When Florence Area Chamber of Commerce Executive Director Bettina Hannigan announced the closure of the Florence Visitor’s Center, 290 Highway 101, she also wrote a request.
“If you’re healthy, and not a member of at-risk groups, please continue to shop, dine and recreate at our chamber members’ businesses. If you are in one of the high-risk populations you can still support your local businesses by asking friends or family to pick up your shopping orders, by ordering take-out from your favorite restaurants or by buying gift certificates or gift cards for future use,” she said.
There are also more strictly customer service-oriented entities, such as banks and utility companies, that have instituted upgraded health and safety guidelines in response to the pandemic.
Oregon Pacific Bank President and CEO Ron Green provided a statement regarding the COVID-19 situation and the actions the financial institution has taken to address the pandemic.
“At Oregon Pacific Bank, our primary concern is the health and wellbeing of our staff, clients and the communities we serve. We are monitoring the developments of the coronavirus, COVID-19, and are taking action to minimize community spread of the virus,” Green wrote. “In addition to encouraging our employees and clients to follow best practices, we have taken internal measures to limit the spread of any exposure, including regular disinfectant of frequently used areas. We have also modified our sick pay policy so that, should the need arise, infected employees can stay home without fearing for their job.”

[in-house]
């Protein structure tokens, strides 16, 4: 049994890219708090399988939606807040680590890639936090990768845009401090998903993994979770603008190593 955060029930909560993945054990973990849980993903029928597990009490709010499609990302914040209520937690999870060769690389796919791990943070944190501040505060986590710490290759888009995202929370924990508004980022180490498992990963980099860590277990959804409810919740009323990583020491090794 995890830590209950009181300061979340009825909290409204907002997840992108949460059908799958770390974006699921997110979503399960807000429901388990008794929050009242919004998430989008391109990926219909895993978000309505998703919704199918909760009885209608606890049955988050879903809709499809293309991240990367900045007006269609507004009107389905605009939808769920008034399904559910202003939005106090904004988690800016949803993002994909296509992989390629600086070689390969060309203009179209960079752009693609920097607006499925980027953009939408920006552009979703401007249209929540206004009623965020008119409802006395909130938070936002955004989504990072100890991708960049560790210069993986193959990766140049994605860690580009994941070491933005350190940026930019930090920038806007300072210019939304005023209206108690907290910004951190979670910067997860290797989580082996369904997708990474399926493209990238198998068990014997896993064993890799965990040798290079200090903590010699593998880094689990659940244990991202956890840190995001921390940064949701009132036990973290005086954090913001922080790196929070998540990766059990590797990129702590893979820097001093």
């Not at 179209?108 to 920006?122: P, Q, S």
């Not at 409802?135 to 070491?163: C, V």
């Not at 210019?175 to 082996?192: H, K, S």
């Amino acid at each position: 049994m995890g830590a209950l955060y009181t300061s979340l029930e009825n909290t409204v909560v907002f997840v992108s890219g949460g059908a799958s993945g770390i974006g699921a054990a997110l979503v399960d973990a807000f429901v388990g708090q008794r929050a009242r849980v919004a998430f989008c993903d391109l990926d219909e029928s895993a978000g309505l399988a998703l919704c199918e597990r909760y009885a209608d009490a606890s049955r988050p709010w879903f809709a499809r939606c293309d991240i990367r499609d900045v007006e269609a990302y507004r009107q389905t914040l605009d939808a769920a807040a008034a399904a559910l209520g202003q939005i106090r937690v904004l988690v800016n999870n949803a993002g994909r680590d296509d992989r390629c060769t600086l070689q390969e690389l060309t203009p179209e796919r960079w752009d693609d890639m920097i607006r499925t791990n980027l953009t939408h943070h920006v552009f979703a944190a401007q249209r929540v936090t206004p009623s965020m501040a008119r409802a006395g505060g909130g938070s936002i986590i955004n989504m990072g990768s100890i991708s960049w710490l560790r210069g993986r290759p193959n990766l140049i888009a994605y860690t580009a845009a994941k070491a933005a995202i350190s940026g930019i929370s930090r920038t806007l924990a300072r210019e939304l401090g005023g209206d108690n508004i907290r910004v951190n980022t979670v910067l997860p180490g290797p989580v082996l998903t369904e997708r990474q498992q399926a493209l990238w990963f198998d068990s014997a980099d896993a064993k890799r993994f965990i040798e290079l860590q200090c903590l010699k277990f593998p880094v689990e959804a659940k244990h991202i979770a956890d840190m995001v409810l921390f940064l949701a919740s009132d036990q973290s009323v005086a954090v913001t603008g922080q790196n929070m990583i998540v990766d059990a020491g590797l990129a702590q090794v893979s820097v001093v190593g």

Green went on to suggest that customers concerned with “social distancing” should utilize digital banking options and mobile apps to do their banking. There are also ATMs and drive thru windows at most bank locations which provide non-contact banking options to customers.
Lane County now has a call center to answer community questions regarding the coronavirus. The call center, which can be reached by calling 541-682-1380, is part of the Joint Information Center established on March 9 by Lane County Health & Human Services to get the most accurate information out to community members.
While Lane County still does not have any positive cases of COVID-19 at this time, the call center will provide community members a way to access up-to-date information.
The call center will be staffed by Lane County Health and Human Services employees and will be available Monday through Friday from 9 a.m. to 4 p.m. for non-emergency inquiries related to COVID-19. Community members experiencing an emergency medical event are asked to call 9-1-1.